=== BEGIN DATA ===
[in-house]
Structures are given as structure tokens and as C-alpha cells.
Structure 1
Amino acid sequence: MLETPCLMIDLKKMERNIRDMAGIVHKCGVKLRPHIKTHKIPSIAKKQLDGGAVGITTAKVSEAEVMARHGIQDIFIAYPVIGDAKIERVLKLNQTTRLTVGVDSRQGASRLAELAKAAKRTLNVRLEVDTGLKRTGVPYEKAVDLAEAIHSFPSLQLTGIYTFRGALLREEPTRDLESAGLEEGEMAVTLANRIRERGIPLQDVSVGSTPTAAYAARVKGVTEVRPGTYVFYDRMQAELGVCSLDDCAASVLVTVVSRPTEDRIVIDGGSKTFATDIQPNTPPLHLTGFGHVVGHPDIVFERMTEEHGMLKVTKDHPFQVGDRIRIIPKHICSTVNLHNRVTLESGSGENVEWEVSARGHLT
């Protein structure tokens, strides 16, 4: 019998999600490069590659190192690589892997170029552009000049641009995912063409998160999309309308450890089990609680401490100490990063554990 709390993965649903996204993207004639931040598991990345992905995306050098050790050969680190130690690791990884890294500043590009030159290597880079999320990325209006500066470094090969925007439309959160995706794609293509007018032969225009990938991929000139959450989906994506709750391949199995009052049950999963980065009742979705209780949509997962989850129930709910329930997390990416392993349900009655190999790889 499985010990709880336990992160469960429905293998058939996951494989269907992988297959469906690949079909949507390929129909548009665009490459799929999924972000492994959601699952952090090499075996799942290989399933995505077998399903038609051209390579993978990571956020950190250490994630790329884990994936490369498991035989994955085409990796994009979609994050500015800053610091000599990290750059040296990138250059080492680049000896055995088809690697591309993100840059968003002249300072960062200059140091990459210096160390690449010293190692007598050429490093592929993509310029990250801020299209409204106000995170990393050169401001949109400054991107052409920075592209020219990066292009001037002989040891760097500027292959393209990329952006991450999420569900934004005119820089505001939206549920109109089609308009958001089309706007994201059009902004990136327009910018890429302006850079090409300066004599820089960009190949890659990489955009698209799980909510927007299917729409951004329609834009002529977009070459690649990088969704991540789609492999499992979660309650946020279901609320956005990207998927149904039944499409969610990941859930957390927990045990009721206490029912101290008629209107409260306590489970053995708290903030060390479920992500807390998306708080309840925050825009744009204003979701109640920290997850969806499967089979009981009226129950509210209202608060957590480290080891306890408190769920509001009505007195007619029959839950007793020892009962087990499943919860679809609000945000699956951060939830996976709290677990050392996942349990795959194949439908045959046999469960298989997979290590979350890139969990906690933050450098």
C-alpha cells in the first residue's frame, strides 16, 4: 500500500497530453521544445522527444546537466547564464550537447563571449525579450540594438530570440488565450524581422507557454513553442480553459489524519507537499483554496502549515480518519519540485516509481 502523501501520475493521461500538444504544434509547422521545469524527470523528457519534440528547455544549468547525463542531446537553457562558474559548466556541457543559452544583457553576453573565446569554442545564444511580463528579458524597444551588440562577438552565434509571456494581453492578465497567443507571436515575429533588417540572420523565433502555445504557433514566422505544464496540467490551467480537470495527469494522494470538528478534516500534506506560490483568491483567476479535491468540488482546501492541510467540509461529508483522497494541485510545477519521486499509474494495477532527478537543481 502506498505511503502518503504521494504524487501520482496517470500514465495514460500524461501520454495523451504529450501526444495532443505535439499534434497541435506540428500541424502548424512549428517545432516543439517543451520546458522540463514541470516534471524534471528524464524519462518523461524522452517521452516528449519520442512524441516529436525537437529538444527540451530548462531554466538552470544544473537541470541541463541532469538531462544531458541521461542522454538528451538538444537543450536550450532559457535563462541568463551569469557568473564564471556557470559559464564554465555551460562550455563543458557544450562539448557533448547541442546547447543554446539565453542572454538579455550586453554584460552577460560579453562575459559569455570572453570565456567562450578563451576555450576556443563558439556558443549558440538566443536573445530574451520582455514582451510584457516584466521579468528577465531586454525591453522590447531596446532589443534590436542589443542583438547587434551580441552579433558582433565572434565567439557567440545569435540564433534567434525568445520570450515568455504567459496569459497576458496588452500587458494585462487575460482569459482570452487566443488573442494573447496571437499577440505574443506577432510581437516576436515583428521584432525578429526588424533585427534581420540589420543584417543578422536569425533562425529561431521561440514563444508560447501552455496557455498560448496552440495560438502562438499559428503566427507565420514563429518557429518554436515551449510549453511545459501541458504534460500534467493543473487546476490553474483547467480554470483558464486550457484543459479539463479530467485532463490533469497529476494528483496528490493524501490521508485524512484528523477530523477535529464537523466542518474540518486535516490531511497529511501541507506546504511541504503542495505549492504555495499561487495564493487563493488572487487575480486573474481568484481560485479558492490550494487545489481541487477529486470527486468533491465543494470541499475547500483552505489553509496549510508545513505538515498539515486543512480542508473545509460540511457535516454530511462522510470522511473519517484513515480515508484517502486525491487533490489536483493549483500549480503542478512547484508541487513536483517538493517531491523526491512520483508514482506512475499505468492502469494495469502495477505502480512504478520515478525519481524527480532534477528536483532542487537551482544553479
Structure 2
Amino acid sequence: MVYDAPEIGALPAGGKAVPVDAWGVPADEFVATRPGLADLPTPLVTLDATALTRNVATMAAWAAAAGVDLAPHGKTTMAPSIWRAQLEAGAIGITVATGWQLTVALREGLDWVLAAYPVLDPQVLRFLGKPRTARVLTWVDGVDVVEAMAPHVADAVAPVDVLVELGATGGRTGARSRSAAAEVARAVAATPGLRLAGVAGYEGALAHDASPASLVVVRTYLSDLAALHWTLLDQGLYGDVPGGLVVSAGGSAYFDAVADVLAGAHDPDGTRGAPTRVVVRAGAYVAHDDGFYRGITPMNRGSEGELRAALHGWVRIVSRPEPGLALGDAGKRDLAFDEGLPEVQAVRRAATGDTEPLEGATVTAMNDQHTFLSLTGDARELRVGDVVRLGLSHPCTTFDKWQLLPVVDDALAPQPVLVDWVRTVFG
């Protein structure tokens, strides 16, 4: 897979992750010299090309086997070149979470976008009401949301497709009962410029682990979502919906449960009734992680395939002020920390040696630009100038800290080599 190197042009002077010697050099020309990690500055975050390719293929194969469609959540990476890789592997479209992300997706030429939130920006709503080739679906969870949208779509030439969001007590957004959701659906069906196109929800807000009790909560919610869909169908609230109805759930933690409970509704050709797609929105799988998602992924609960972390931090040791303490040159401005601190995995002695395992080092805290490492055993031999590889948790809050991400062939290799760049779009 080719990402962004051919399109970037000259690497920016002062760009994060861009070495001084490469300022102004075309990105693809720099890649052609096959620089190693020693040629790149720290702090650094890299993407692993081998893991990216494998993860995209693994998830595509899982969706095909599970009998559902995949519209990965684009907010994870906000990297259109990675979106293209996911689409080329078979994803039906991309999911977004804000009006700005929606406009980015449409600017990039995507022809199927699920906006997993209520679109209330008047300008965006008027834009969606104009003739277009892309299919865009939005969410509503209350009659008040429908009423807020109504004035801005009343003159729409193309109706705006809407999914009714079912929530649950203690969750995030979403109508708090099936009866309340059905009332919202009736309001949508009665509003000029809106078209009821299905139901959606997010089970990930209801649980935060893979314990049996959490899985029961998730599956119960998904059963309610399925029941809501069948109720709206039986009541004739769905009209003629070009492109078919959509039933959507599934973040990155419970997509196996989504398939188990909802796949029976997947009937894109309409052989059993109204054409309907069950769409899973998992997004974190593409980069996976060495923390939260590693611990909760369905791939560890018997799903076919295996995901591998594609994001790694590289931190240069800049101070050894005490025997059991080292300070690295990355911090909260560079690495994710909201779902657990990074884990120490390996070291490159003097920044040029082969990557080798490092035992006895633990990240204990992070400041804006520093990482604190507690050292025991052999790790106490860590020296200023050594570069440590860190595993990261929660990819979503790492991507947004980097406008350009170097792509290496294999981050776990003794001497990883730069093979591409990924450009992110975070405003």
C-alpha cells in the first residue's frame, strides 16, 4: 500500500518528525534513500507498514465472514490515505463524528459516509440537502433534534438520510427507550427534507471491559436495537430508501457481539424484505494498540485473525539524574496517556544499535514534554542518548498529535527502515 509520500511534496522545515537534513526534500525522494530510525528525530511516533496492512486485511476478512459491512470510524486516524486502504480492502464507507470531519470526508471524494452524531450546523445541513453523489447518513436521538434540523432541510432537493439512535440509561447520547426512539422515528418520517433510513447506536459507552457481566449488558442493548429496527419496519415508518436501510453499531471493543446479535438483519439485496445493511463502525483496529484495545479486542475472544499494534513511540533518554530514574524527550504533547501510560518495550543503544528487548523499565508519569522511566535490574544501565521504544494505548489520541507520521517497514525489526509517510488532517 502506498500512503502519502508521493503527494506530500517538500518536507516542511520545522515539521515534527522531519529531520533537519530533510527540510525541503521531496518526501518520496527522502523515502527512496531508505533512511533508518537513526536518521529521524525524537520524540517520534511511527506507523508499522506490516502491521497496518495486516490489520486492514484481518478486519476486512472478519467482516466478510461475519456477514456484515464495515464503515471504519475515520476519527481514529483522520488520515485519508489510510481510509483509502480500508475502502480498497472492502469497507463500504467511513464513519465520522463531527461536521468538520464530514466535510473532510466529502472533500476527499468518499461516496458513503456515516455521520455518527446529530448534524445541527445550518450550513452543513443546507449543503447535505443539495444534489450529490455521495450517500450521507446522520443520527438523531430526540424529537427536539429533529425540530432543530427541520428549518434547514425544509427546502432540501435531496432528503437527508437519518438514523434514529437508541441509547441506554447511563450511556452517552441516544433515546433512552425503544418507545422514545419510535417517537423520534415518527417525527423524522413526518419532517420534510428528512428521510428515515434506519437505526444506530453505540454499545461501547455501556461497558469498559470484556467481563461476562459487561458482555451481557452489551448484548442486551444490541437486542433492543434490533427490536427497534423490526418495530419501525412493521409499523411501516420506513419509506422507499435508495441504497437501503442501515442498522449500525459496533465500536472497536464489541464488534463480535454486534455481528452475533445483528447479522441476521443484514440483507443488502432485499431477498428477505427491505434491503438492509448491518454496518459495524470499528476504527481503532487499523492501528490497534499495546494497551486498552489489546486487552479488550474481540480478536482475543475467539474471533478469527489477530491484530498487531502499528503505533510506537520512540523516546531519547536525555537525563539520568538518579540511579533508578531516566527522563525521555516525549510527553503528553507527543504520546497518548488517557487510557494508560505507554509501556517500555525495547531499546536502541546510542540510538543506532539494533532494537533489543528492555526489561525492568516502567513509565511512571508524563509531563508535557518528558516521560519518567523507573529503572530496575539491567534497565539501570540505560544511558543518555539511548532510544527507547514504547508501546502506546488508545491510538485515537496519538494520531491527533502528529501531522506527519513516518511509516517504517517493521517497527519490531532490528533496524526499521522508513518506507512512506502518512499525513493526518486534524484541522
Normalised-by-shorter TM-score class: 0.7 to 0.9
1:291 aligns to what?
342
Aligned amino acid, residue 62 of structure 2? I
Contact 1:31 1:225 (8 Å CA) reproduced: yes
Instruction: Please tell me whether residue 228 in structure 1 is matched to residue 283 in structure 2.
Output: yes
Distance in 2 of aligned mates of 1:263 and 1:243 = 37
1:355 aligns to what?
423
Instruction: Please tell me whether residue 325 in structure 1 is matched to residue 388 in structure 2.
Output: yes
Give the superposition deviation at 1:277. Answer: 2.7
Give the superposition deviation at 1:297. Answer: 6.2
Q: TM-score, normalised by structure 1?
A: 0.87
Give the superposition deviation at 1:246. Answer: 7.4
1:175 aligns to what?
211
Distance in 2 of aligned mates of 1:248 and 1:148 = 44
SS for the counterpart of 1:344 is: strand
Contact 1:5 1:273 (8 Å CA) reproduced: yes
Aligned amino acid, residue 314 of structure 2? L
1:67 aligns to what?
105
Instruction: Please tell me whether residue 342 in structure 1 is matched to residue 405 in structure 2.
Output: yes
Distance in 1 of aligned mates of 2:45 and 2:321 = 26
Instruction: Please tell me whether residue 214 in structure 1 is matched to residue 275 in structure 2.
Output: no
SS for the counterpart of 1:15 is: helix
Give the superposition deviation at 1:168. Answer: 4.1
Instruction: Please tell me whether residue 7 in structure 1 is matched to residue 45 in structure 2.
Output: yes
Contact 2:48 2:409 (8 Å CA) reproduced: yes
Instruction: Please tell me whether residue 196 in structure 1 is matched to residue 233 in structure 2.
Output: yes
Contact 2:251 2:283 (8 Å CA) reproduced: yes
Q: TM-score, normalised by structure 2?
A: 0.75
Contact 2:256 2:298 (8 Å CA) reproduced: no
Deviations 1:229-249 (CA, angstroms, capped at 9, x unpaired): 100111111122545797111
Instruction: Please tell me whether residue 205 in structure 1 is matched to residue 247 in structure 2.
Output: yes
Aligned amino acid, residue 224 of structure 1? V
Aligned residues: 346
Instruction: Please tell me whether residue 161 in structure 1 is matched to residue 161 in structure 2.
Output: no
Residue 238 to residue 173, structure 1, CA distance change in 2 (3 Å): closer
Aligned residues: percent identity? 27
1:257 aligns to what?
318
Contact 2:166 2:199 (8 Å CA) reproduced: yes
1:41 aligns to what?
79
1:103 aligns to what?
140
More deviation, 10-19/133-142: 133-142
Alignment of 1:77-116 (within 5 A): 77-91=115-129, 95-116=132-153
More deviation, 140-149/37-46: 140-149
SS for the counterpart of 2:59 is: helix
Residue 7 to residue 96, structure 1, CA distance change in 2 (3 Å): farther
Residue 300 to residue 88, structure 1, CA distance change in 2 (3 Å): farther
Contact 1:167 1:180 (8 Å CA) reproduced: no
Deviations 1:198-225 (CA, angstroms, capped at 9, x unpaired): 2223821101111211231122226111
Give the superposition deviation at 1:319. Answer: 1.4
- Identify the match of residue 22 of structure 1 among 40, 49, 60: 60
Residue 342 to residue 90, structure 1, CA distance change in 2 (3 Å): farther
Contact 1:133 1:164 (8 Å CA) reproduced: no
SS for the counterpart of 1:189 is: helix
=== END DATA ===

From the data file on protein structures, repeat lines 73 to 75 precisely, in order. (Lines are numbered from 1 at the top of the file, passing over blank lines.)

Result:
Residue 300 to residue 88, structure 1, CA distance change in 2 (3 Å): farther
Contact 1:167 1:180 (8 Å CA) reproduced: no
Deviations 1:198-225 (CA, angstroms, capped at 9, x unpaired): 2223821101111211231122226111